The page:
MM: Yeah, I guess that's ture. But my grandmother wasn't thinking "pop culture". And it wasn't presented to me as it is presented to most people now. It was something dark, powerful, kind of frightening. She had lost a lot of family and friends during the 1930's and 40's - - simply because they were Gypsy.

     AZ: And why was this?

     MM: You know, as part of Hitler's Final Solution, the Nazis murdered more than 500,000 Gypsies during the Holocaust. When I was seven or eight years old, I remember feeling afraid that if anyone found out I was Domi (that's the term she used instead of Rom or Romi;) it opened up the possibility of someday being dragged off to the ovens of Dachau.

     AZ: What a sad thought to grow up with. So why are you talking about it now?

     MM: Because I'm not a child anymore. Because I know there's nothing to be afraid of. But mostly, and on a more superficial level, because I'm annoyed by all these people who claim to be experts on the Rom, teaching about Gypsy Dance, Gypsy costuming, Gypsy magic, Gypsy morality - - all these bizarre stereotypes.

     AZ: Stereotypes? Like what?

     MM: Oh - - all this stuff I want to cover pretty soon in another film - - But okay, one small but particularly annoying example: Gypsy Dance. There is no such thing as "Gypsy Dance".

     AZ: No? Then what's that I see advertised in every Middle Eastern Dance magazine?

     MM: A lot of it is archaic East European or Middle Eastern "folk dance", and some of it's just plain fake dance.

     AZ: I'm sorry but I don't understand exactly what you are saying; would you clarify for me.

     MM: Okay. For example: If a Japanese woman in Tokyo told us she was studying "American Dance", we'd be surprised to see her suddenly doh-se-doh into a Texas square dance or start stomping out an Appalachian clogging routine, right?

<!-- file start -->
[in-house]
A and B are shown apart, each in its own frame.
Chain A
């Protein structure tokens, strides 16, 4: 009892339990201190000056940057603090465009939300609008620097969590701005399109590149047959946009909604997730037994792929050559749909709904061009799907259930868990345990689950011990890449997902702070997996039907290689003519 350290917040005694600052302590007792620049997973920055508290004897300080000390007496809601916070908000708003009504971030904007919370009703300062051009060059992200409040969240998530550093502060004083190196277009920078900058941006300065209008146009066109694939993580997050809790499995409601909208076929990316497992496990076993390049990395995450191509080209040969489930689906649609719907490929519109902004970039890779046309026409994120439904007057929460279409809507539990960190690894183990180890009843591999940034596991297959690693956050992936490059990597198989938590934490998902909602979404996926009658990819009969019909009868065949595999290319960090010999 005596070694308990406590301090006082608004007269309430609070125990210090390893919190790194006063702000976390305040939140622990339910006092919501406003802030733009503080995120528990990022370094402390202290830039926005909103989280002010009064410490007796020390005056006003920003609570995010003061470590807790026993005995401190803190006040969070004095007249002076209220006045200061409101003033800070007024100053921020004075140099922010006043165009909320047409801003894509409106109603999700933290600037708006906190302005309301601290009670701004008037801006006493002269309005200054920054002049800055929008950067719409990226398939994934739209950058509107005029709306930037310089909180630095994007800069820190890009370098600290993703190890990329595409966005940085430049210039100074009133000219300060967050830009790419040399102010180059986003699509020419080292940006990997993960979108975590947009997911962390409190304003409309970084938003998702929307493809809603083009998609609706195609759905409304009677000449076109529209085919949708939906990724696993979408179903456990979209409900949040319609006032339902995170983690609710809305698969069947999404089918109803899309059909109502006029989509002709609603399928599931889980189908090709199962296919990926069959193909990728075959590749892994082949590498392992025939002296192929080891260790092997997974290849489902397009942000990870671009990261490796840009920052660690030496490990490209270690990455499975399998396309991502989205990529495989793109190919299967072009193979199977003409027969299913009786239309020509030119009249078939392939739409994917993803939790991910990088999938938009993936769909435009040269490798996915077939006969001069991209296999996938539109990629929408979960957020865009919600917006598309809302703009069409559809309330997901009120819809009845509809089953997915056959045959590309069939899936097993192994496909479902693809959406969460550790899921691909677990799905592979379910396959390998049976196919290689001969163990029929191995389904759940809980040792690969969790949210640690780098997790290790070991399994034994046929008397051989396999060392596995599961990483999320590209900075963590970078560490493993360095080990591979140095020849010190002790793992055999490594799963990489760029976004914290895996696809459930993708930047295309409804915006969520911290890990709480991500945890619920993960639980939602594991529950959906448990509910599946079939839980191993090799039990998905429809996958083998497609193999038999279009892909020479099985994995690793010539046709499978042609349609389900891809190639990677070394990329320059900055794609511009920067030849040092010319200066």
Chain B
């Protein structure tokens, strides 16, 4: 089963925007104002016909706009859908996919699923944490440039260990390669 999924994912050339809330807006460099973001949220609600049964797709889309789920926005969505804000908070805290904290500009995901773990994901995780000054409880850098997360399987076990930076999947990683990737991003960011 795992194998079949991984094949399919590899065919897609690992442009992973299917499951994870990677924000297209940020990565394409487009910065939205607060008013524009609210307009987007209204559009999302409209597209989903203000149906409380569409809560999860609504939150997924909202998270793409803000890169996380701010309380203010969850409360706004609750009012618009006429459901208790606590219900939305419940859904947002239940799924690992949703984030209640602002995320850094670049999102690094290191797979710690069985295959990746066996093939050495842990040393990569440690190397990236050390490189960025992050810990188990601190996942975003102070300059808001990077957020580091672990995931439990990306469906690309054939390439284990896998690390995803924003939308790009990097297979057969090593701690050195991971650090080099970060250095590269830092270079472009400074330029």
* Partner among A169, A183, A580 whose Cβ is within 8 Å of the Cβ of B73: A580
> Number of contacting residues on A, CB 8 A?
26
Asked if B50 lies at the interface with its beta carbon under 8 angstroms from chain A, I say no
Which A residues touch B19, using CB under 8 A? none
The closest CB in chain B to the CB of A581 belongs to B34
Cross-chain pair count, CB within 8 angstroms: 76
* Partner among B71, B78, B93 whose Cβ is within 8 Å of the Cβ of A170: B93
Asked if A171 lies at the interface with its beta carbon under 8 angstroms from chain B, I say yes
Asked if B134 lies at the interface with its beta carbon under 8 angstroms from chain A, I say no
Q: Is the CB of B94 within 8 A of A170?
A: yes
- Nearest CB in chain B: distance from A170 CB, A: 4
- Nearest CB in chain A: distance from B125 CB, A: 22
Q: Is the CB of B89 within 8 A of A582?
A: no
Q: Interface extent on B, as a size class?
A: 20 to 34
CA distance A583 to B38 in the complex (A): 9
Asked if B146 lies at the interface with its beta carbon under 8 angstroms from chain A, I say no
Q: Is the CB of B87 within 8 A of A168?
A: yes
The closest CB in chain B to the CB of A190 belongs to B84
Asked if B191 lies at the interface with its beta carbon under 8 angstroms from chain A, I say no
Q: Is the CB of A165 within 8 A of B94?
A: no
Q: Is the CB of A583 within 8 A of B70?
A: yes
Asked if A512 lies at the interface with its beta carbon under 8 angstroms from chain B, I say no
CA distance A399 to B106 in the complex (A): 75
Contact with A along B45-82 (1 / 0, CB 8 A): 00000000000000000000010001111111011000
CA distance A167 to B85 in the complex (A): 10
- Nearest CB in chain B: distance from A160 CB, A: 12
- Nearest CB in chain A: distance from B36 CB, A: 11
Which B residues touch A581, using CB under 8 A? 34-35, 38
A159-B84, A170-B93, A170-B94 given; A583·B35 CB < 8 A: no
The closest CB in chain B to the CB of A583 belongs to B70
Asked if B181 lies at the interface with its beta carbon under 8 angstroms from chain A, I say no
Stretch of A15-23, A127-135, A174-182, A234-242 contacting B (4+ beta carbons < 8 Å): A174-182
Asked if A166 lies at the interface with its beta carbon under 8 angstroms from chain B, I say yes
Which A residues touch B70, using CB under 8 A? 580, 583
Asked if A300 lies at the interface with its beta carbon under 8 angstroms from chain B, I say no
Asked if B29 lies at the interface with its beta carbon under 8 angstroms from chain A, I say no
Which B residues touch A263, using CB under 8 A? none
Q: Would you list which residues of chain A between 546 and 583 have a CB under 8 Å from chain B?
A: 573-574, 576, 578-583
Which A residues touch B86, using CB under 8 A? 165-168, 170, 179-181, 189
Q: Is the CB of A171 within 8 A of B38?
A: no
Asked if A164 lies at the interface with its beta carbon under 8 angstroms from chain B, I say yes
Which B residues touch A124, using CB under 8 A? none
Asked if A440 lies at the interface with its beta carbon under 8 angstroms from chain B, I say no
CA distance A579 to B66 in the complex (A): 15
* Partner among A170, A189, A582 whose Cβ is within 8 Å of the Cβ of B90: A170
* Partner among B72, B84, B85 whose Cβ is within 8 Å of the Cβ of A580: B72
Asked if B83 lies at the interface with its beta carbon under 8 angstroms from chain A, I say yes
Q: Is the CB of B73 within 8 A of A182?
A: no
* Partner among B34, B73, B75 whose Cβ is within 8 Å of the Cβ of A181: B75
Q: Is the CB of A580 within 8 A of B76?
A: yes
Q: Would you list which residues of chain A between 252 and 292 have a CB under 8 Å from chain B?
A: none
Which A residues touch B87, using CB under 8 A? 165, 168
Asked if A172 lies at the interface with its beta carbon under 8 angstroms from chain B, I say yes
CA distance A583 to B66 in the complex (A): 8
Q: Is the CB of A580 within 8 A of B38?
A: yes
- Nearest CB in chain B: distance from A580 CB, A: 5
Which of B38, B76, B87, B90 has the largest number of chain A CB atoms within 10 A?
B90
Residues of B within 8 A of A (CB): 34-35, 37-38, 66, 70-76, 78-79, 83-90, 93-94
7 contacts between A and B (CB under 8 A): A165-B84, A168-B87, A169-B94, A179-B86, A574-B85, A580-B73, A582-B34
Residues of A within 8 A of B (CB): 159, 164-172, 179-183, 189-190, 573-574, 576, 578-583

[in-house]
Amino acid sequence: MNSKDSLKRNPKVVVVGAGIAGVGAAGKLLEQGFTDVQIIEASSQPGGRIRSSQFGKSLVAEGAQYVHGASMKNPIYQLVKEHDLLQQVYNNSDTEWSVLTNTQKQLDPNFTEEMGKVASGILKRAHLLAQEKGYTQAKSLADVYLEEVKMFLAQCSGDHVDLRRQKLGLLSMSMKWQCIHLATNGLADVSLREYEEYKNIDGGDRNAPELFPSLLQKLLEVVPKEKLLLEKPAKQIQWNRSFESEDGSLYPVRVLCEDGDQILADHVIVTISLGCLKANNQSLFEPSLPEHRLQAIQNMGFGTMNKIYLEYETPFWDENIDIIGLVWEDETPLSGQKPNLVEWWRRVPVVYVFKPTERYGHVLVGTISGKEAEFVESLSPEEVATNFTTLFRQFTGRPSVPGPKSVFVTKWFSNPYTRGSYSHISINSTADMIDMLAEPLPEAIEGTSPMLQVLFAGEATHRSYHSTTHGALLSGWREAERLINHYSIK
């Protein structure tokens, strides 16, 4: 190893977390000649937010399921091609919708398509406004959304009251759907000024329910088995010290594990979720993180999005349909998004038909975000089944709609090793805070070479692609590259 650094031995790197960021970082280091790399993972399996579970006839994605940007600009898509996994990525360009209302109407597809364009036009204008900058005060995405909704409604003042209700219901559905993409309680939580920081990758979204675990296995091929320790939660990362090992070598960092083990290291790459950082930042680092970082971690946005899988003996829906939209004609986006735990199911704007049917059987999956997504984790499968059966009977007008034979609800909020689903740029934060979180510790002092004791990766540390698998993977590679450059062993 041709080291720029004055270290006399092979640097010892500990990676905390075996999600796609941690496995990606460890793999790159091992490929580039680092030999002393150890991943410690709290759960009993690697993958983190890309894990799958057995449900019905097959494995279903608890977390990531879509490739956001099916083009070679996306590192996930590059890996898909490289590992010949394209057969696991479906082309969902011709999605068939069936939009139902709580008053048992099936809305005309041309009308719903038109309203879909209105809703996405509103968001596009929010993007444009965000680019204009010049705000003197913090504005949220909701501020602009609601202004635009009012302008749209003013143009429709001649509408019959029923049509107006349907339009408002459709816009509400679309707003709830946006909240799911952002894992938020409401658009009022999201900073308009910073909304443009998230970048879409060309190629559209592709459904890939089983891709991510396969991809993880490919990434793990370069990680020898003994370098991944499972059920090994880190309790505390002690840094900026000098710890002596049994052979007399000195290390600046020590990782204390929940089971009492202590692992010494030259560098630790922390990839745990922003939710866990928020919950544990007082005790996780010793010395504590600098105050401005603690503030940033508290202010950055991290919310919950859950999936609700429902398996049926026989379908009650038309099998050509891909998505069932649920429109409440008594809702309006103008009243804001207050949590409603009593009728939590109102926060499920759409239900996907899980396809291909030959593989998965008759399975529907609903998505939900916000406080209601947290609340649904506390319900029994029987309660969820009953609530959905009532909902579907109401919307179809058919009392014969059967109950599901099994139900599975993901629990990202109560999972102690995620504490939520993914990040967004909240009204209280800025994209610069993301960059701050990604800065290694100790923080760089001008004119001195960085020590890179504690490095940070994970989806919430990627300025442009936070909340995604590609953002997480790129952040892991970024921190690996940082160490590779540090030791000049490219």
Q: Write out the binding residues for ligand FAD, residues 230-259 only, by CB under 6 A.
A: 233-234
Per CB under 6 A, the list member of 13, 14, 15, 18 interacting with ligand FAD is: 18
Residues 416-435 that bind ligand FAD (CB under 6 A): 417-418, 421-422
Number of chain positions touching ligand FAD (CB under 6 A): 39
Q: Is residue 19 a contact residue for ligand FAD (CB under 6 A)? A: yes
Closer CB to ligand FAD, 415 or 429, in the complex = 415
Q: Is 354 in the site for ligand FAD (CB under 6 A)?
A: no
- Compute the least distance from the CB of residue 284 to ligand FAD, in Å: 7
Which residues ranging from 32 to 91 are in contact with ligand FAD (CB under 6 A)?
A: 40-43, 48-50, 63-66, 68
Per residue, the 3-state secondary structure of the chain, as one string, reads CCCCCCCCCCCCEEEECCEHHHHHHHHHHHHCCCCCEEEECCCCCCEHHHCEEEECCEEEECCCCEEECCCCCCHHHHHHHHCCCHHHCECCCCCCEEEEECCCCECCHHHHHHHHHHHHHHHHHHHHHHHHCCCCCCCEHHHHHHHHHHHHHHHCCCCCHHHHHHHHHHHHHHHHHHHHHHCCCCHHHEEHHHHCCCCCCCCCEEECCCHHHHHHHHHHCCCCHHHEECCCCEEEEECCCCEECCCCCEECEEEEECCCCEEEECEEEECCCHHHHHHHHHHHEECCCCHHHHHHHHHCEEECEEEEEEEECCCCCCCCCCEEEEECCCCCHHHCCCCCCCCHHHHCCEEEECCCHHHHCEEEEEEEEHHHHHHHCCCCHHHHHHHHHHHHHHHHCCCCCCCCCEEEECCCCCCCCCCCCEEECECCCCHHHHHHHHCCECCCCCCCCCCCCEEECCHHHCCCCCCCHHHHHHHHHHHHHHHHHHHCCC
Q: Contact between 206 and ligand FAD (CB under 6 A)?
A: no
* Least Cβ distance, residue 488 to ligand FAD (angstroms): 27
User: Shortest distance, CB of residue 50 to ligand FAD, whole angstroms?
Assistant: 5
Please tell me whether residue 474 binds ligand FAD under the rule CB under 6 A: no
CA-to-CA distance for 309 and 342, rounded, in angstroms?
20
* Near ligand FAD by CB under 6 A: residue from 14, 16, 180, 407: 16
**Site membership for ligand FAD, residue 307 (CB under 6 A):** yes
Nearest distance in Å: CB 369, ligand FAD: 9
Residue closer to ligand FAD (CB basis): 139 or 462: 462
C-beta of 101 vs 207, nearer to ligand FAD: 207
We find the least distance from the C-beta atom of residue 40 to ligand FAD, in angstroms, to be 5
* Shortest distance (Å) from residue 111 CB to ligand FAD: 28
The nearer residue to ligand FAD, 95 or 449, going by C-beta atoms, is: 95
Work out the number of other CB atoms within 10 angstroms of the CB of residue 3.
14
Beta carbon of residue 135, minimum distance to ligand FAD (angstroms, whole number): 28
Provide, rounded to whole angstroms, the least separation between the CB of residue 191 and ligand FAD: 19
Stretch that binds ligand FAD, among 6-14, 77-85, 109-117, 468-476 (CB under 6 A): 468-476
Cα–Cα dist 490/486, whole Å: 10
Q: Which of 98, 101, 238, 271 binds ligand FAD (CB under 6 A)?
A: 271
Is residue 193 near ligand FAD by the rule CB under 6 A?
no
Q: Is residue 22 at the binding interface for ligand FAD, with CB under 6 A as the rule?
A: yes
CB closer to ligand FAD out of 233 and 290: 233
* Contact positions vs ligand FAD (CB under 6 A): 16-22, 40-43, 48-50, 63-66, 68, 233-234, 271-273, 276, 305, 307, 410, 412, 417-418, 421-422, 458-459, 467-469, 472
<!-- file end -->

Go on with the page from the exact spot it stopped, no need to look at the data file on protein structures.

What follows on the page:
AZ: Yes, I guess we would.

     MM: That's right, because what she was really studying was old time, regional, American folk dance. Certainly not contemporary American dance. It just bothers me that people are teaching regional 18th century Romanian folk dance, or something similar, and claiming that it's contemporary Gypsy dance.


     AZ: Okay, I now understand the folk dance part, but what do you mean by fake dance?

     MM: Someone in a Gypsy skirt, with a scarf, and a lot of nerve, swirling and stomping - - and calling it "Gypsy Dance".

     AZ: But wait, the USA is a free country, I suppose anyone can make up a series of dance  moves and call it whatever she wants to.

     MM: But that doesn't mean it's the real thing.

     AZ: I see what you are saying. And even with my somewhat limited experience, I believe I have recognized some of those magazine ads as being less than authentic. But I must admit a question still hangs in my mind.

     MM: What is that?

     AZ: Well, when you tell me there is no such thing as Gypsy dance, I have to wonder, when the music plays, the Gypsies just stand there and do nothing?

     MM: No, of course not. But when the music begins all Gypsies don't just naturally and in unison break into some kind of skirt-swirling, Flamenco-like choreography.

     AZ: Okay, so I understand what Gypsies don't do. But I'm now all the more curious to understand how they truly dance.

     MM: Just like other human beings, different Gypsies express themselves through dance in many different ways. As much as I would like to be, I don't claim to be a Gypsy scholar. But I have family - - aunts, uncles, cousins, nieces, in Seattle and the Bay Area, who are still part of Romi life. And a lot of times, when we get together, we dance. And it's, by definition, "Gypsy Dance" simply because we are Gypsies - - dancing.

But it's very different from the outdated, very regional (usually Andalusian) style that's often taught as Gypsy Dance. And, of course, it's different from Gypsy Fusion, which is usually some dance instructor's complete fabrication.